Me? Conceiving brands and building them? Yes, I’m referring to the ones that I seemed to have built as a hobby, while having a full-time job for over a decade! Even today, when I meet people, many still remember one of the earliest of such brands – arrmp3. More on this, and the other brands I have built, after the intro.
I suppose I love writing. Ever since I remember. I have written juvenile short stories in the 2nd and 3rd standard, while growing up in Srirangam, Trichy, and I have since written a LOT all across my life. I have an ongoing plan to write fiction too – the two plots that I have been percolating within me will surely find themselves in a novel…someday. One is a psychological drama about identical twins falling in love with the same girl and marrying her, and living with her till she finally finds that she’s living with 2 guys, at the ripe age of 80! The other is about how a young father reconciles with the death of his 4 year old daughter. Look out for these books at some point in your (and my) life!
Now for the brands!
The first brand I launched was a mp3 bootlegging website called ‘arrmp3’. This was back in 2000-01, if I recall right. I started this as a hobby while in my first job in Delhi. I was a bachelor, bored in the evenings and created this hobby out of a passion for Rahman’s music. Being in Delhi, it was difficult to acquire Rahman’s new tapes, so I thought an online destination that collected Rahman’s music in mp3 format, in one consistent location would be useful to many people.
It was a simple site, built on Geocities and most mp3 files were hosted in multiple Geocities accounts since each account had limited storage space. Then, one day, Geocities started yanking accounts if they had mp3 files in them and most of my links became useless overnight. To keep the site running, I renamed the mp3 files as ‘jpg’ or ‘gif’ and even broke them into smaller pieces with a file splitter and gave out instructions to download the pieces and join them as you download! Some ingenuity, huh?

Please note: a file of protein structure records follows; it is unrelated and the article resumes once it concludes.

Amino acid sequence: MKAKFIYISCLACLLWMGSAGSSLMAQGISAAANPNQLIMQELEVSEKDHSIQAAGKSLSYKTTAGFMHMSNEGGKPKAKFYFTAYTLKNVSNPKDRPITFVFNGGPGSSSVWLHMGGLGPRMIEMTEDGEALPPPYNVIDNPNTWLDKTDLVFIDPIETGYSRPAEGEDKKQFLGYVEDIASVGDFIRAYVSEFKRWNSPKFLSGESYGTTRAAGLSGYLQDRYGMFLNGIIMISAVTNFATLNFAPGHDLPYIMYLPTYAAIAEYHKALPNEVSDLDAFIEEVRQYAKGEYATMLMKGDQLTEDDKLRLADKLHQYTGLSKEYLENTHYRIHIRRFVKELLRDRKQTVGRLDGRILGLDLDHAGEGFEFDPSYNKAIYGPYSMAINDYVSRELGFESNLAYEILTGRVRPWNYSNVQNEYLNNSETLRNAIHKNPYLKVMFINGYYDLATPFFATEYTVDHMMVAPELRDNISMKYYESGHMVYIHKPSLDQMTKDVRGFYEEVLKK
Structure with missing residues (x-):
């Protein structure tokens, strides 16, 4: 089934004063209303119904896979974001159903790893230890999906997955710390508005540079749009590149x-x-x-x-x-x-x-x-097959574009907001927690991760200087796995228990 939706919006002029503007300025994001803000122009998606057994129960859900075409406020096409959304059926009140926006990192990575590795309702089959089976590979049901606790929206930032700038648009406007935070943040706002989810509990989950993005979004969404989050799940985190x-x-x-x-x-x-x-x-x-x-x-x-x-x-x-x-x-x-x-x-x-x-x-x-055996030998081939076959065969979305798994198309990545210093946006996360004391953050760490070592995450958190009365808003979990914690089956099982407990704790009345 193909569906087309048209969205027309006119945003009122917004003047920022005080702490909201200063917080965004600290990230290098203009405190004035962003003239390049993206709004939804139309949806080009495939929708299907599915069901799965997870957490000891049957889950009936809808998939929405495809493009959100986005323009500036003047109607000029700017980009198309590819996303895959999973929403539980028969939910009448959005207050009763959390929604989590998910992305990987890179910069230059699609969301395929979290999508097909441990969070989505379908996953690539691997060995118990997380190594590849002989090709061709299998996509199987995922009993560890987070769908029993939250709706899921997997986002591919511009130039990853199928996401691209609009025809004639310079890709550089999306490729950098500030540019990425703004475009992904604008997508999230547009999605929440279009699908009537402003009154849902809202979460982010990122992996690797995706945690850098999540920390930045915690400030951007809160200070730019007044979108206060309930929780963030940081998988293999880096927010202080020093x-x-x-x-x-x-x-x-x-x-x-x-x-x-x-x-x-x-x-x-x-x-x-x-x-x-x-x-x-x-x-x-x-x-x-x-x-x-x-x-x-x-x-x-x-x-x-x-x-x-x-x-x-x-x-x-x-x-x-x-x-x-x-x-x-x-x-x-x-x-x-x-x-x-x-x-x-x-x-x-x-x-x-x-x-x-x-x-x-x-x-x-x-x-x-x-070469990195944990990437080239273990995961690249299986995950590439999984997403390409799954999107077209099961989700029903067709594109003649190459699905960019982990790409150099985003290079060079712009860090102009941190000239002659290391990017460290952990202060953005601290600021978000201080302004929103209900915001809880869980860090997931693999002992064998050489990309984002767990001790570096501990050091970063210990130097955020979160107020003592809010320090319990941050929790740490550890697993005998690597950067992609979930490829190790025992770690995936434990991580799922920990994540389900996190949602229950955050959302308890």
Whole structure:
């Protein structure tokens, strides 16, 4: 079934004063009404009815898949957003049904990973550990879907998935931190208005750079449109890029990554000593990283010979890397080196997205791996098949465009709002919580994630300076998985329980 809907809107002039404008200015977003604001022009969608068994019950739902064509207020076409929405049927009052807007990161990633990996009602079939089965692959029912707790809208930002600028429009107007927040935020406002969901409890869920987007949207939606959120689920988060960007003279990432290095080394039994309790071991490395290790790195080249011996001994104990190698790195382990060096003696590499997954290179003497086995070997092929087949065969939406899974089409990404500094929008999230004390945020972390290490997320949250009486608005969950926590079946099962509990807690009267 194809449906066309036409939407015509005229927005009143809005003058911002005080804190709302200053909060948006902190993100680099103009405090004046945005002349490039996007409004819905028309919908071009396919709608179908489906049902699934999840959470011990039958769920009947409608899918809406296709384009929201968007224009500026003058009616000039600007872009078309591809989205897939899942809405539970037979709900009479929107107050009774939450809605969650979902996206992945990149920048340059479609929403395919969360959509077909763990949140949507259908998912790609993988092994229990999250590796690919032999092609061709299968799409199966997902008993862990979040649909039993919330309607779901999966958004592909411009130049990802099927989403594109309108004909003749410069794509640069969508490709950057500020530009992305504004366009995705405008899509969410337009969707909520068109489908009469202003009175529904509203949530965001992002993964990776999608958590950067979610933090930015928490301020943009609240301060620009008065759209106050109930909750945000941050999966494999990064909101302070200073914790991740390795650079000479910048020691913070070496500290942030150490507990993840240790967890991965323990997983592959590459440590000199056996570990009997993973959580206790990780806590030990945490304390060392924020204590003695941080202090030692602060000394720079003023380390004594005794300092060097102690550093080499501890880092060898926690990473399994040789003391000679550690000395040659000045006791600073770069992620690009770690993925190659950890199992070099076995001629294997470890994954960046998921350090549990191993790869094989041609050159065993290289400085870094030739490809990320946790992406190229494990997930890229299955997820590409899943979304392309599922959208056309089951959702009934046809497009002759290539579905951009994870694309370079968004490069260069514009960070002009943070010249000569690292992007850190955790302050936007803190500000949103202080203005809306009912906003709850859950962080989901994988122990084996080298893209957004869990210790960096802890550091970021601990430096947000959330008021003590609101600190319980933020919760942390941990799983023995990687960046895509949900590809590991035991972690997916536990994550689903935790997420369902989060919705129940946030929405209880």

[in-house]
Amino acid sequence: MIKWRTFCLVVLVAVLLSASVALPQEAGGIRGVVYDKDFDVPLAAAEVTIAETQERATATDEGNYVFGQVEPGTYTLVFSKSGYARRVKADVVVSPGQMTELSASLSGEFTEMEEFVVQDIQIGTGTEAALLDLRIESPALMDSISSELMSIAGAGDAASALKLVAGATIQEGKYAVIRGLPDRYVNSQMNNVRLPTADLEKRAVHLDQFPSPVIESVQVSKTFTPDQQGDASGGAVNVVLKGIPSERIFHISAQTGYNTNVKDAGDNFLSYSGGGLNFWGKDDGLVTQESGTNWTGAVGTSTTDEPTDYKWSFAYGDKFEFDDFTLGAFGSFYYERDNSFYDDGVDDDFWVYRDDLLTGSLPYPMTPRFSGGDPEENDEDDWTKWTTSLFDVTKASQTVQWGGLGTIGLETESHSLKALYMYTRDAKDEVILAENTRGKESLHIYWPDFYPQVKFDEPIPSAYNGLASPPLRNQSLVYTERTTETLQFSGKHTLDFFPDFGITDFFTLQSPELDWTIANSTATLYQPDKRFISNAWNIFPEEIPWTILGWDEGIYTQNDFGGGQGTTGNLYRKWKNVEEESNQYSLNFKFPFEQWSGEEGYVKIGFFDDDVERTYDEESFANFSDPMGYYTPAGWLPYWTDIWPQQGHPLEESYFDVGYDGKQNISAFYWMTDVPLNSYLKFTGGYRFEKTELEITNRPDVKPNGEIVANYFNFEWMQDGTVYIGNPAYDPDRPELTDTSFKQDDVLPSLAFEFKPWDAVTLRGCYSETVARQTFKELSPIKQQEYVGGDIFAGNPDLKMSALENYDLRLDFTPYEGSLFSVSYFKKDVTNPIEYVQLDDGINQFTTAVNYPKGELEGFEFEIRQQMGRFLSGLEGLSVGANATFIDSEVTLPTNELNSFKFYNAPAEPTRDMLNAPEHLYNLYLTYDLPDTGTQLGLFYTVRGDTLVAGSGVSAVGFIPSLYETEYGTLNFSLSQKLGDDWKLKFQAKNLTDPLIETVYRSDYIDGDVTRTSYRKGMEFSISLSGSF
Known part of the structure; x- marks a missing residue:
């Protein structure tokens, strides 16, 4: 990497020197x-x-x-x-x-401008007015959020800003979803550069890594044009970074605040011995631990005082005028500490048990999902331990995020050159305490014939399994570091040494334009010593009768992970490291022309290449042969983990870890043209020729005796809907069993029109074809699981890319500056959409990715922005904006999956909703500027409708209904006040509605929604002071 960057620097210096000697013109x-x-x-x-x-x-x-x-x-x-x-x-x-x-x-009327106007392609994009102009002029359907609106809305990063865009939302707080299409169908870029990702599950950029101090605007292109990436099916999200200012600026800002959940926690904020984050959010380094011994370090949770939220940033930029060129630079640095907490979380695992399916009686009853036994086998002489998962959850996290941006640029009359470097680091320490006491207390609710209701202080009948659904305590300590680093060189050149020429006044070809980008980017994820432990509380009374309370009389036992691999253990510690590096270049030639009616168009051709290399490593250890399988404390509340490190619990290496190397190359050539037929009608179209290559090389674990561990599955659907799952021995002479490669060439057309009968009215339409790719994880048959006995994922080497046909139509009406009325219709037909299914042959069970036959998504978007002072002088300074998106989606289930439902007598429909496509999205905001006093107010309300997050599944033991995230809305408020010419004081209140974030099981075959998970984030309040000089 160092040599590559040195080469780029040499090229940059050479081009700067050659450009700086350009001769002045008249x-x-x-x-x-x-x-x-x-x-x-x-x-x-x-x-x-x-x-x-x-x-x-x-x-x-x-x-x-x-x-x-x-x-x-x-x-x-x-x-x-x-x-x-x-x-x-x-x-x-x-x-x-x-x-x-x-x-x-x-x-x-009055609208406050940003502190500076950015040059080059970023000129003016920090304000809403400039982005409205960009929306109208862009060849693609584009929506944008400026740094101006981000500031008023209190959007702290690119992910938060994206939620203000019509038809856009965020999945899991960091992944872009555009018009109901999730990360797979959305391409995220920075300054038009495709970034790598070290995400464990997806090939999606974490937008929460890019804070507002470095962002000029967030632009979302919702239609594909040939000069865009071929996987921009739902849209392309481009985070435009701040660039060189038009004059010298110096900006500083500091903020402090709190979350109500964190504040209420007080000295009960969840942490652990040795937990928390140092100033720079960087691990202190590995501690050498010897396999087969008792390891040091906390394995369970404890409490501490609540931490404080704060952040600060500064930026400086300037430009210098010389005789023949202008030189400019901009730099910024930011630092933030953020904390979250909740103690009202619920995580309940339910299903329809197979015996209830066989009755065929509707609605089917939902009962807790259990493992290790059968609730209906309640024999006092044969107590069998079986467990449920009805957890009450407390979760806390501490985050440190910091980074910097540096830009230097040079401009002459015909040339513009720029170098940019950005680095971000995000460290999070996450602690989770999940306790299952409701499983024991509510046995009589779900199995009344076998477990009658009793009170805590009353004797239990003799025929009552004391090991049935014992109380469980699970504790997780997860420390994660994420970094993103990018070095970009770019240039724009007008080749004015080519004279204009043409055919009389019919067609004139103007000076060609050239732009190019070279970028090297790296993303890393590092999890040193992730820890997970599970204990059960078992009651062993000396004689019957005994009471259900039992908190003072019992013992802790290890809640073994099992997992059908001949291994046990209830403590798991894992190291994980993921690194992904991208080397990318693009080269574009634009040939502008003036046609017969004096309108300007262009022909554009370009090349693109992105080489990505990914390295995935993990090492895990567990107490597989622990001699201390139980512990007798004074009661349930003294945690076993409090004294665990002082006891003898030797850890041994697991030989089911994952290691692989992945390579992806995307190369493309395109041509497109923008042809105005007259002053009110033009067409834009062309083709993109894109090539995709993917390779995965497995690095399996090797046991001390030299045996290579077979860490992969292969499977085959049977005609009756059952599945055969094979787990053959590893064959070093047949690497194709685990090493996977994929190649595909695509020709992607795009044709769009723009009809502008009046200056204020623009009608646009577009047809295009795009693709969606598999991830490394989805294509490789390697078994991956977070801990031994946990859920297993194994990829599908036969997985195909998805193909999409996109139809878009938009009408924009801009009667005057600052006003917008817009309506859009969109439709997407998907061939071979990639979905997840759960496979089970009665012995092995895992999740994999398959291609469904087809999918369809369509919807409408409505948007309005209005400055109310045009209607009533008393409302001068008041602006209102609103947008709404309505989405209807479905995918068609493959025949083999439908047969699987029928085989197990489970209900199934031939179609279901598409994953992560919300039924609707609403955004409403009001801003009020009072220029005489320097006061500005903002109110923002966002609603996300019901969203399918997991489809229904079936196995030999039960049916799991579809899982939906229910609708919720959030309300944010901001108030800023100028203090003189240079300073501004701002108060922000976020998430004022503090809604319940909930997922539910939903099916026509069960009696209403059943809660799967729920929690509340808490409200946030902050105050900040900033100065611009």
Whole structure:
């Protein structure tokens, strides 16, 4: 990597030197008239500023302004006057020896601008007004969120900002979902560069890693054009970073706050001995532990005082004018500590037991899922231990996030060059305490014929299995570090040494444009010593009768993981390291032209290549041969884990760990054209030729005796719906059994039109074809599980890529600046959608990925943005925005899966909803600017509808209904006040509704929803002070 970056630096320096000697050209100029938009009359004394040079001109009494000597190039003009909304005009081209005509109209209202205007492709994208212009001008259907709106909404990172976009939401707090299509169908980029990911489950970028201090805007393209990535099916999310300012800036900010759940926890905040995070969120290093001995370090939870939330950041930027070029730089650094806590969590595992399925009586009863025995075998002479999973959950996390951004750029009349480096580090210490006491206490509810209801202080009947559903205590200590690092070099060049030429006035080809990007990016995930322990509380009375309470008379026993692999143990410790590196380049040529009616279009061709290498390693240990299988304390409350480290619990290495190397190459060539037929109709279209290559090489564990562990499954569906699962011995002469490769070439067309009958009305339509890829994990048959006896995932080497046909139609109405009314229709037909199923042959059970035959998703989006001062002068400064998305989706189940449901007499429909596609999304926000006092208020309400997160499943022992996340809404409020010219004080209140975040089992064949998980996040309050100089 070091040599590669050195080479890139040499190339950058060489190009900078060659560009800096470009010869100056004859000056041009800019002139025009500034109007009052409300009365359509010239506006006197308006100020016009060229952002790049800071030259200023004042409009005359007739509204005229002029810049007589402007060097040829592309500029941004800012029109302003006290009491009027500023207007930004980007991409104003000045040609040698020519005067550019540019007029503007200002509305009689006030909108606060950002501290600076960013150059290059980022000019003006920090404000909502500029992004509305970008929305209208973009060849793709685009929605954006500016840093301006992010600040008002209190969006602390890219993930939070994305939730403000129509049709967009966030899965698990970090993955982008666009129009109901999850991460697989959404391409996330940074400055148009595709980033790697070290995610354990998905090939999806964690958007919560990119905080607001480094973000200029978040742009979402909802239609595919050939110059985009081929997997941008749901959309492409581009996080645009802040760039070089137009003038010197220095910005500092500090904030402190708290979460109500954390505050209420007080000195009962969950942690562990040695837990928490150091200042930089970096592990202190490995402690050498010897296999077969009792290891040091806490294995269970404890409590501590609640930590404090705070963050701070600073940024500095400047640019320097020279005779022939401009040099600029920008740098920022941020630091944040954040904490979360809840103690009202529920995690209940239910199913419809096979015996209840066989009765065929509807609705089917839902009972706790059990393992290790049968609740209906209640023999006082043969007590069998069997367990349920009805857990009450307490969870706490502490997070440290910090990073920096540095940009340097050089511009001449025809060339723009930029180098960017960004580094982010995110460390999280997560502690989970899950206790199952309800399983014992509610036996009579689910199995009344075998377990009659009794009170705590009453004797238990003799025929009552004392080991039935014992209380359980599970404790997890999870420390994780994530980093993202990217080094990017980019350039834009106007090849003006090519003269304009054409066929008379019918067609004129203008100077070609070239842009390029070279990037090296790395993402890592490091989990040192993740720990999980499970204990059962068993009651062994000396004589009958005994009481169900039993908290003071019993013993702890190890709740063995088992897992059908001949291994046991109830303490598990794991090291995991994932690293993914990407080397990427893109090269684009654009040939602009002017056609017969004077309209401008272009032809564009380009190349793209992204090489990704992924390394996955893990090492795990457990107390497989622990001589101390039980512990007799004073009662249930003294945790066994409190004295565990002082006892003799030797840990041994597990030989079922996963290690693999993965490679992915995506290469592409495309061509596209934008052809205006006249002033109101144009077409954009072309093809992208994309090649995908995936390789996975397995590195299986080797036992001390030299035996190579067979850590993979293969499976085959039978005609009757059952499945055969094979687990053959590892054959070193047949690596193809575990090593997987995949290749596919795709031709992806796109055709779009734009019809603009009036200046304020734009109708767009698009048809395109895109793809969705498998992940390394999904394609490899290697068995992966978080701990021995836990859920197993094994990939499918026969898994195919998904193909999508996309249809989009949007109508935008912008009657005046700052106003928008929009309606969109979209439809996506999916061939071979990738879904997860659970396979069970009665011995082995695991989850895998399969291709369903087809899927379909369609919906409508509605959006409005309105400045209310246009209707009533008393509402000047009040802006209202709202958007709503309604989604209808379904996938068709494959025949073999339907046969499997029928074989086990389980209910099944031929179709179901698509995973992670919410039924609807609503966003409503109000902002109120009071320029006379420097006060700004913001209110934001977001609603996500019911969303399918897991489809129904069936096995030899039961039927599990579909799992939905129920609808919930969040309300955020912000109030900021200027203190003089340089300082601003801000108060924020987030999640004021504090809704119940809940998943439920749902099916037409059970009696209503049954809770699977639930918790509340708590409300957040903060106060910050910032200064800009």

It was a hugely popular website back then…even today, I hear at least one person emailing/telling me that they had downloaded a lot of Rahman’s music from ‘arrmp3’! It was so successful at one point that I had someone Â registering the domain arrmp3.com and redirecting it to me geocities site!
Why did the site work? One, it had a solid purpose – my single purpose of the site was to be the best online repository for all of Rahman’s music. And it fulfilled that promise well. In fact, I had built an informal network of normal people who had better access to Rahman’s music in assorted places across the globe who would share songs with me exclusively, via FTP, for me to upload and share via the site!
Needless to add, another factor that worked was aggressive promotion of the site in all places where it mattered. No paid advertising, but contextual push in every place where Rahman’s music was being discussed.
I killed the site within an year or two. The illegitimacy of being a bootlegger was killing me anyway!
This is another personal passion and I have spoken about why I started this effort, in detail, here. This effort started only as a lot of participation in many online forums – specifically, TFM and RMIM. But one day, back in September 2000, India Today featured one of my efforts (I use the word ‘effort’ here since the lead – of the songs inspired by Middle Eastern sources was sent to me by someone else; I merely researched further on the original artists, got hold of the audio files, edited them to enable comparison of the similar-sounding portions) that I had shared only on a couple of online forums. This was about two songs by Nadeem Shravan that the duo had unabashedly lifted off Middle Eastern songs and the way India Today mentioned it made me cringe. The URL was wrong and readers can do nothing to get more information on that allegation but only gawk at it, depending on whether you were a Nadeem Shravan fan or not.
That’s when I decided that eventually, it’d be a good idea to create an online repository for people to find these instances of music plagiarism easily. I wasn’t ready to invest in my own domain name or server space yet, and was looking for a free web server with unlimited space and no restrictions for music files. After a huge search, I found a Spanish site called iespana.es. I registered my account via online translation services!! I even got a free pop3 mail as part of the account and was using the server till 2005 after which I moved to my own server and domain name.
The interesting story here is that I was offered a domain name and server space by one of the site’s fans in the US. He mailed me one day with the offer that he likes the site so much but finds it odd and difficult to see it being hosted in such an obscure site. And, just like that, he offered to buy me the server space and domain name! He did too and paid for the first year, after which I took the responsibility – what I should have done long back!